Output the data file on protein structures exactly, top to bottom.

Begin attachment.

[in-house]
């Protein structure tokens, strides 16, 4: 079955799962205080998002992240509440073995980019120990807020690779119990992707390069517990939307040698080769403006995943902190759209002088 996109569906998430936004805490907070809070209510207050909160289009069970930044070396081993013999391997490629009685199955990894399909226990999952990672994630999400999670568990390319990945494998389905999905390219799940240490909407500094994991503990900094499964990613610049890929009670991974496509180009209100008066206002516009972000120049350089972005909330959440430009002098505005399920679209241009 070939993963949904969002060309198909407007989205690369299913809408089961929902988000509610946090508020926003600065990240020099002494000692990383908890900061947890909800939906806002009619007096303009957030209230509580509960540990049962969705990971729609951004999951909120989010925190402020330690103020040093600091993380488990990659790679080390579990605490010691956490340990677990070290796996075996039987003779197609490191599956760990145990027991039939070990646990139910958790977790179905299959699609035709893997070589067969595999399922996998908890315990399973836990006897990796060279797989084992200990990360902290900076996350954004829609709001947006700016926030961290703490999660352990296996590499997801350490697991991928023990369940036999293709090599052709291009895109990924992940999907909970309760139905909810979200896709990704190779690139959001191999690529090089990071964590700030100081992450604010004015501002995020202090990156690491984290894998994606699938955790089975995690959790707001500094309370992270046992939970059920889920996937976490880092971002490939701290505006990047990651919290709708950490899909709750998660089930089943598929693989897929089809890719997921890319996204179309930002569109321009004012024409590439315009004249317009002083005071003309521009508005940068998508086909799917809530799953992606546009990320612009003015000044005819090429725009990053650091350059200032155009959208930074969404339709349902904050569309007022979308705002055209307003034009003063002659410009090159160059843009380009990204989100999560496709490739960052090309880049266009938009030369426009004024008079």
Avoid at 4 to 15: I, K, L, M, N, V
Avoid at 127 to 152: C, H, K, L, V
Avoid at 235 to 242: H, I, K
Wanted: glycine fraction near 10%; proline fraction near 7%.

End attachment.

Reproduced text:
[in-house]
């Protein structure tokens, strides 16, 4: 079955799962205080998002992240509440073995980019120990807020690779119990992707390069517990939307040698080769403006995943902190759209002088 996109569906998430936004805490907070809070209510207050909160289009069970930044070396081993013999391997490629009685199955990894399909226990999952990672994630999400999670568990390319990945494998389905999905390219799940240490909407500094994991503990900094499964990613610049890929009670991974496509180009209100008066206002516009972000120049350089972005909330959440430009002098505005399920679209241009 070939993963949904969002060309198909407007989205690369299913809408089961929902988000509610946090508020926003600065990240020099002494000692990383908890900061947890909800939906806002009619007096303009957030209230509580509960540990049962969705990971729609951004999951909120989010925190402020330690103020040093600091993380488990990659790679080390579990605490010691956490340990677990070290796996075996039987003779197609490191599956760990145990027991039939070990646990139910958790977790179905299959699609035709893997070589067969595999399922996998908890315990399973836990006897990796060279797989084992200990990360902290900076996350954004829609709001947006700016926030961290703490999660352990296996590499997801350490697991991928023990369940036999293709090599052709291009895109990924992940999907909970309760139905909810979200896709990704190779690139959001191999690529090089990071964590700030100081992450604010004015501002995020202090990156690491984290894998994606699938955790089975995690959790707001500094309370992270046992939970059920889920996937976490880092971002490939701290505006990047990651919290709708950490899909709750998660089930089943598929693989897929089809890719997921890319996204179309930002569109321009004012024409590439315009004249317009002083005071003309521009508005940068998508086909799917809530799953992606546009990320612009003015000044005819090429725009990053650091350059200032155009959208930074969404339709349902904050569309007022979308705002055209307003034009003063002659410009090159160059843009380009990204989100999560496709490739960052090309880049266009938009030369426009004024008079």
Avoid at 4 to 15: I, K, L, M, N, V
Avoid at 127 to 152: C, H, K, L, V
Avoid at 235 to 242: H, I, K
Wanted: glycine fraction near 10%; proline fraction near 7%.